I considered writing up the board of Mayor and Aldermen Workshop and Meeting, but I’ll be honest- I’ve been exhausted and anything I wrote up could have possibly been full or errors and half-truths, and my promise to all of you readers is that I will shoot you straight even when the news is bad, even if it is not popular.
And this is not good news. I watched the conversation about this in the workshop and then I went up to City Hall and I talked to Phillis Rogers, the city’s AMAZING Finance Director about it myself. Phillis tells me that the months between October and January are always fairly tight months for the city. Taxes start coming in around the end of January, first of February (someone correct me if I’m wrong there- Phillis told me the exact dates and I forgot).
So, barring a miracle, the city will likely run out of operating funds around mid-November. No, it’s not because of filling vacant positions. No, it’s not because of “capital improvements” and it’s NOT because of the Old Timer’s Festival, tornado sirens (vote tabled at the last meeting, so they’re not spending any money on that), or ballfield lights (no longer even in the budget).
Each year between October and January the cash flow for General Fund gets really tight. This year it will be worse due to the fact that we’ve moved some debt service from other funds because those funds are not receiving enough revenue to support paying bond payments. I just received an invoice for one of the upcoming bond payments due and payable on October 1st for approximately $600,000. Our cash balance today is $1.6m. I anticipate that balance to be around $1.2m by the time we pay the $600,000. After paying bond payment we’ll be at approximately $600,000 and still have two to three months to go until Tax revenues come in. I am 99% sure that we will not have enough cash to operate with by late November early December.
In case you’re wondering what bond payments are, they are basically a loan that the city gets. It issues bonds, and pays them back according to a schedule. An example of what Phillis is talking about up there on the moving debt service from other funds, would be that way back in the day when developers were king in this town, the city depended on housing permit money to pay these specific bonds.
Well, fast forward to today and nobody’s building anywhere, much less La Vergne, and lo and behold, those funds have to come from somewhere else.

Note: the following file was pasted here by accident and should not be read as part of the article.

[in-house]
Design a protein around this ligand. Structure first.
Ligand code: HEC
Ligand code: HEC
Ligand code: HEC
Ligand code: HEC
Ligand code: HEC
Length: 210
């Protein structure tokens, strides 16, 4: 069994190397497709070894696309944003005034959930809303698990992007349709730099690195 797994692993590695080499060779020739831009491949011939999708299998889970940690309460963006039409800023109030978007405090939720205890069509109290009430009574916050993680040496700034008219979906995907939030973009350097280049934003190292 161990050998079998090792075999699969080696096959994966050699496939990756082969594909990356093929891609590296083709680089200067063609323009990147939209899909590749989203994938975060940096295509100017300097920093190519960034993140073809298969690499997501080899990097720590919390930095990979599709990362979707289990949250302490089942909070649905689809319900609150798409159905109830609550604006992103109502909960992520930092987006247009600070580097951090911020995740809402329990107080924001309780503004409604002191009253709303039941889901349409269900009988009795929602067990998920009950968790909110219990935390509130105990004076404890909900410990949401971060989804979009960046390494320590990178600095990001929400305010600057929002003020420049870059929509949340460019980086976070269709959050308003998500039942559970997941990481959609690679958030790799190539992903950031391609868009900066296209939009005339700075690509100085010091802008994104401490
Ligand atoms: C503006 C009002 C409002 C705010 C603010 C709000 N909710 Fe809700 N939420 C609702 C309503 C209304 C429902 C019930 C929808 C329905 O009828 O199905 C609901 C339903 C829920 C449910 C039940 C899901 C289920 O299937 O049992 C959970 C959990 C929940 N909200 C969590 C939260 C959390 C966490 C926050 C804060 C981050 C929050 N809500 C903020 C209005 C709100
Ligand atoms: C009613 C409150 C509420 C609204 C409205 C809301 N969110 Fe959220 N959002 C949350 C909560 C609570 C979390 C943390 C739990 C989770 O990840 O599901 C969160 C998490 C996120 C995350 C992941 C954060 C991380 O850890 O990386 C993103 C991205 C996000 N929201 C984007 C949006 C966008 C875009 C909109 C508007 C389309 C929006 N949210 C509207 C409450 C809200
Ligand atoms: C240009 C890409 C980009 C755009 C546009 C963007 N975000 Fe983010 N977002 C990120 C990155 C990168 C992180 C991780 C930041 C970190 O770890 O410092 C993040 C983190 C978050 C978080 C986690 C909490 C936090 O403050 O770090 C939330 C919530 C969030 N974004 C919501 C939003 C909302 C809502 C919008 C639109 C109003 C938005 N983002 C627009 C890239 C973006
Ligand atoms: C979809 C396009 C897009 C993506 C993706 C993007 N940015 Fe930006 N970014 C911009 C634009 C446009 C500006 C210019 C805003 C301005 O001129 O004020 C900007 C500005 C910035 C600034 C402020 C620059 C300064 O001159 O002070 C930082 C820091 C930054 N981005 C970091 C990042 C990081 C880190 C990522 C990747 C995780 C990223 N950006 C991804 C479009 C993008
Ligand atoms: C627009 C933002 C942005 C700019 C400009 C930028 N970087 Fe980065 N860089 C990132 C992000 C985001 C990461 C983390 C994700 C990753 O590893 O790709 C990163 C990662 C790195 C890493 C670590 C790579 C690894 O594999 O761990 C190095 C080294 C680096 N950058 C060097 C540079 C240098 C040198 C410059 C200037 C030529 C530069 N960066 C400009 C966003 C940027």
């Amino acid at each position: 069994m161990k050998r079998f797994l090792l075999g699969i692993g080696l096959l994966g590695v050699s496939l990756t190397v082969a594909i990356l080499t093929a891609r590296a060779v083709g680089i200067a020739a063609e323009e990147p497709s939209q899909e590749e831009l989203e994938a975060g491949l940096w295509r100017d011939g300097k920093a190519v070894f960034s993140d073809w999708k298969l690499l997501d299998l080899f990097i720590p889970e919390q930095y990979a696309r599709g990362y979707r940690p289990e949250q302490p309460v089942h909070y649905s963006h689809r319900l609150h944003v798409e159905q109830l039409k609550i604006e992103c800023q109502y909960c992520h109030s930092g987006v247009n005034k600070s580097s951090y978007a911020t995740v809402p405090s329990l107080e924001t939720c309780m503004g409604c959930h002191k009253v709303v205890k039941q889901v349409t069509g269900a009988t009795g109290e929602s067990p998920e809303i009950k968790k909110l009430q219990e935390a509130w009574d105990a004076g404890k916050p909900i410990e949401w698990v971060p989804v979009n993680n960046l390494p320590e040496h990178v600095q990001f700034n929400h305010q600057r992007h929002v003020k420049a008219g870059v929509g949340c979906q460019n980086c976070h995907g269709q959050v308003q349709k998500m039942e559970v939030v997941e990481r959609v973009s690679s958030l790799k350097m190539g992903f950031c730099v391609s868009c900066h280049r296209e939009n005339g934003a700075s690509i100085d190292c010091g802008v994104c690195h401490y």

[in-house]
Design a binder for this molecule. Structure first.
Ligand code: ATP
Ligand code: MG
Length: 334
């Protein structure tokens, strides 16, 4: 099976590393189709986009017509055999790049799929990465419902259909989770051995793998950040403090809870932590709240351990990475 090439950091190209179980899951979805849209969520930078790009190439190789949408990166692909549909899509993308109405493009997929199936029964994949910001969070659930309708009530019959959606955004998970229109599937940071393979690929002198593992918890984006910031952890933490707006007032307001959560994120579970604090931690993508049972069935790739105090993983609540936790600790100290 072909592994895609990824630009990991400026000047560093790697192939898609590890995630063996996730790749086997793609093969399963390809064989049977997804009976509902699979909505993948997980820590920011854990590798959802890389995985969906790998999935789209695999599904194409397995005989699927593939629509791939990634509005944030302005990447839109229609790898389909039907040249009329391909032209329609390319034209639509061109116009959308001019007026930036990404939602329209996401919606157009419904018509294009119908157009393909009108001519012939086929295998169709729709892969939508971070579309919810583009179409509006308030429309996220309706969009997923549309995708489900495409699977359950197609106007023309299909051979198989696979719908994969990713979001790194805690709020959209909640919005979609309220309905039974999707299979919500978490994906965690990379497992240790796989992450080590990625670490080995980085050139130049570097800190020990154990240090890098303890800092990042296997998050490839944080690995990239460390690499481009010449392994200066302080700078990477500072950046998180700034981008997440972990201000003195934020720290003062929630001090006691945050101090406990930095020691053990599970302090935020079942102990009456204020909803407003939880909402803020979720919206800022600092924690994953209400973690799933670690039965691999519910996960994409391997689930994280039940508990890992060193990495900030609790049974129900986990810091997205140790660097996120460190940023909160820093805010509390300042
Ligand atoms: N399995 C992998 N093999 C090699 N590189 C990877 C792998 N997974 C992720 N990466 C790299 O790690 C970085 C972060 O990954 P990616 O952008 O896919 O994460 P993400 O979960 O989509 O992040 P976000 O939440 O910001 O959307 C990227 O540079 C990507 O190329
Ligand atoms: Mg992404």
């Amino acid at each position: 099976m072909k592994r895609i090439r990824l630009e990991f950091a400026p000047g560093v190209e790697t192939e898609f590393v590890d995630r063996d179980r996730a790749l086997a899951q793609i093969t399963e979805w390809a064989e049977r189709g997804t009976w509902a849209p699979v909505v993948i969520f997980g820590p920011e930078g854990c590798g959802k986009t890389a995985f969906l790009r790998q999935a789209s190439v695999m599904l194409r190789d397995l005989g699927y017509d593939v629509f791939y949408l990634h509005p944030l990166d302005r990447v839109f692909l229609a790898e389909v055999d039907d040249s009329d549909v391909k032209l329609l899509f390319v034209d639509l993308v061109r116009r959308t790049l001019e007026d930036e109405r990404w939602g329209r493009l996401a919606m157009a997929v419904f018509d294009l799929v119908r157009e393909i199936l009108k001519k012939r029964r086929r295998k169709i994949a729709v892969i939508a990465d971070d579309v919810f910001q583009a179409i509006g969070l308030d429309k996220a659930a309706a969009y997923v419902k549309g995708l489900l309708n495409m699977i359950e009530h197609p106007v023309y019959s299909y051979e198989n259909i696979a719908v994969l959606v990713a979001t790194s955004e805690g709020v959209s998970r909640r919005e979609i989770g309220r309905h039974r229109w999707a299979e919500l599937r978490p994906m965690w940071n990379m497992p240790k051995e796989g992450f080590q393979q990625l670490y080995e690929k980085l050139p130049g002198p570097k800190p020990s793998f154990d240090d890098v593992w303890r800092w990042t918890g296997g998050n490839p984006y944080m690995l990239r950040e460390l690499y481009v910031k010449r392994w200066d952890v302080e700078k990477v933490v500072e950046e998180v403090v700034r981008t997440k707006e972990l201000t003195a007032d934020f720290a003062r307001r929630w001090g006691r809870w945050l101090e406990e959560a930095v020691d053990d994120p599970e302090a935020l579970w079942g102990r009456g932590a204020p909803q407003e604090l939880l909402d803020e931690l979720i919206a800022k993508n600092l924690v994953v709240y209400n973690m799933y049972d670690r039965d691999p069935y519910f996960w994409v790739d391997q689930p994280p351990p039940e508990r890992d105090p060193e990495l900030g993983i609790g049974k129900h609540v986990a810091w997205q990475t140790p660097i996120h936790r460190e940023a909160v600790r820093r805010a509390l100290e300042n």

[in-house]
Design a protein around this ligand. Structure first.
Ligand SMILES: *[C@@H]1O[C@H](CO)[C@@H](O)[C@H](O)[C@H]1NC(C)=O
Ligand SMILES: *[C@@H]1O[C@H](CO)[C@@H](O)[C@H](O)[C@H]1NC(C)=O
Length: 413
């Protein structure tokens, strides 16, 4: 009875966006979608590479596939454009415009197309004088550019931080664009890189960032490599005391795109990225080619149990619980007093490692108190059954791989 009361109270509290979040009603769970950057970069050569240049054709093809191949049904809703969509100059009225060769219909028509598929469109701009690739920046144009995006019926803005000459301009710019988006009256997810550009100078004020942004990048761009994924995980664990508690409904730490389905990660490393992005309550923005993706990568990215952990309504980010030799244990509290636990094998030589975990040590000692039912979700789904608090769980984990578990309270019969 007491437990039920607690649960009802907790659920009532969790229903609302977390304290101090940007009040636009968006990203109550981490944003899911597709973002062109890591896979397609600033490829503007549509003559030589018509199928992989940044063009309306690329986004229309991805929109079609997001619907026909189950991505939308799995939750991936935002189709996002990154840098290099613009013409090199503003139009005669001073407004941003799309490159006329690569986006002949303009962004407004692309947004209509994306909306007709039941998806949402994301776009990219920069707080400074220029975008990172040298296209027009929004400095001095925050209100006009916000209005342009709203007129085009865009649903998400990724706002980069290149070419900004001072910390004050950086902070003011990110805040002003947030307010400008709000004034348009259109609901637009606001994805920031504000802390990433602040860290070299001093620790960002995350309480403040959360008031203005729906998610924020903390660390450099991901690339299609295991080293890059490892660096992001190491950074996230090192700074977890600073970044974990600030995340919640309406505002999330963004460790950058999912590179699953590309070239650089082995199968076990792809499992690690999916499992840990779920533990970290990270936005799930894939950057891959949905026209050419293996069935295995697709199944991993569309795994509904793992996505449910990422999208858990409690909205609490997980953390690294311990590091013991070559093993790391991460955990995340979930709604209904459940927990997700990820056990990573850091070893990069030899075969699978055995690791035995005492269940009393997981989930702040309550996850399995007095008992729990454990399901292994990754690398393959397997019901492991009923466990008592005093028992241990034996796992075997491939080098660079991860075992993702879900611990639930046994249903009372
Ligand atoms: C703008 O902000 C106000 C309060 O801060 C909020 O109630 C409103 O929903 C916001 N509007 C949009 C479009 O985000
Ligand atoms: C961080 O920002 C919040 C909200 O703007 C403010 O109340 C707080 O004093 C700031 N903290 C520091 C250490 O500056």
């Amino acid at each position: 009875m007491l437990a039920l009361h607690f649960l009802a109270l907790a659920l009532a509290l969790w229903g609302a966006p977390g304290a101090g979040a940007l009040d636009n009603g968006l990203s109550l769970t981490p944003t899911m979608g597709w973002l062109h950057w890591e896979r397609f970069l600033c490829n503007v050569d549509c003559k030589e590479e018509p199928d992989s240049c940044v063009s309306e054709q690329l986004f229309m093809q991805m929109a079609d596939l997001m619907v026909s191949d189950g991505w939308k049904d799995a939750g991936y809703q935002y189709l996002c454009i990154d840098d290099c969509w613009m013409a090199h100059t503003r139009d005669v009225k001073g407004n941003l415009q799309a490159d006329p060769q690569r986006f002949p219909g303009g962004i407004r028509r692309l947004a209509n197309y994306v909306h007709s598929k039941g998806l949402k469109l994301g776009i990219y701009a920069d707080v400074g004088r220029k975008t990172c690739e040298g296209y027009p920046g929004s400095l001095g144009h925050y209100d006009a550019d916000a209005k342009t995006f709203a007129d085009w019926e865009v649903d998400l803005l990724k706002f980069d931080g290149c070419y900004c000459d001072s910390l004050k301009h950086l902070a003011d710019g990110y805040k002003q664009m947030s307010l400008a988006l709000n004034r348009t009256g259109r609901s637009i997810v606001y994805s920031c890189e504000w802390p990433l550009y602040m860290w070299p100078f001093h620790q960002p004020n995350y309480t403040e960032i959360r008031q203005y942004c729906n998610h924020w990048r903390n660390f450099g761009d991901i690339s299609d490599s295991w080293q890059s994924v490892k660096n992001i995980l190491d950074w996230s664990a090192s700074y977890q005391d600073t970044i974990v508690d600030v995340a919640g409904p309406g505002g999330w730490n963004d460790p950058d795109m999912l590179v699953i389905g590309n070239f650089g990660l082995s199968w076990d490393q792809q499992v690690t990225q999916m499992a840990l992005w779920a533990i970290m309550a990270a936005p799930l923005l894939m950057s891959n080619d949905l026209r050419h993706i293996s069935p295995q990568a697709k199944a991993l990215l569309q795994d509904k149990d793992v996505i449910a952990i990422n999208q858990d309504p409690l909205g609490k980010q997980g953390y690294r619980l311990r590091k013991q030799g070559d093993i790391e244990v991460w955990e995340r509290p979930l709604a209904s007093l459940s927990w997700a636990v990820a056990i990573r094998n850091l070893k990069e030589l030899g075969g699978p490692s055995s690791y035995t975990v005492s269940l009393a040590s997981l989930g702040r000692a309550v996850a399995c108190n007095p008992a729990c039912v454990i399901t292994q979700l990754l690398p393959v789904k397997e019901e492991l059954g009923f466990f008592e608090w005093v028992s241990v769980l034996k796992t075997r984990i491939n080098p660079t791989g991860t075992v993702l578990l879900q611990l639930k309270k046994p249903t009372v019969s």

Now, before the panic hits that city employees aren’t going to get paid and the crap’s going to hit the fan and ohhhhhh noooo! Don’t worry. Phillis, who I have already said is amazing- has a solution. It’s called a TAN or a Tax Anticipation Note. It’s a way for cities and other governments to help out in a cash flow crisis. It is a short term loan that must be paid back before the end of the fiscal year. Phillis says this is the first time since she has been with the city (a surprisingly long time, Phillis projects a very youthful demeanor) that they have had to do this, and she states that she believes that since the taxes were raised, it should be the last.
Now, this sounds scarily like the cash advance loans, you know, write a check for $230, get $200 and then they cash the check on payday? Scary expensive rates? Apparently not so for governments, the short-termness of the loan, the fact that they bid it out, and the ability to draw on it as needed instead of just taking a big hunk of money, makes the interest rates not scary-expensive.
But still. I wish that had not been something that had to be done. Besides the debt service issues, there have been a whole lot of unbudgeted for expenses, cars going kablooey and needing expensive repairs, water lines going kablooey, sewer lines, well, you get the picture. That stuff is expensive.
Well, it is what it is. But there’s the accurate, straight story from me to you.
UPDATE- I talked with Alderman Broeker who wanted to clarify a couple of things:
The city nearly ran out of money last year on a couple of occasions. I do not remember the exact dates, but Phillis could probably tell you. It has nothing to do with anything in this budget. We receive our money quite inconsistently as you stated despite having to pay our bills on a consistent basis. It’s not about tightening the belt or high priced items.
Secondly, I am still undecided about moving the assistant public works director position forward, but given the money we stand to lose from taxes not collected from the Waldron Road project not being finished, and this person could oversee completion of this project and could possibly help to expedite its completion. I’d say it has real potential to pay for itself rather quickly. We have also moved several positions and their salaries in which it will more than make up for this person’s salary and benefits.
One more thing to keep in mind, the “5 year plan” is just that, a plan or a blueprint. Nothing more, nothing less. Things are not always as black and white as one might think. You always have to adapt to situations and reevaluate as necessary.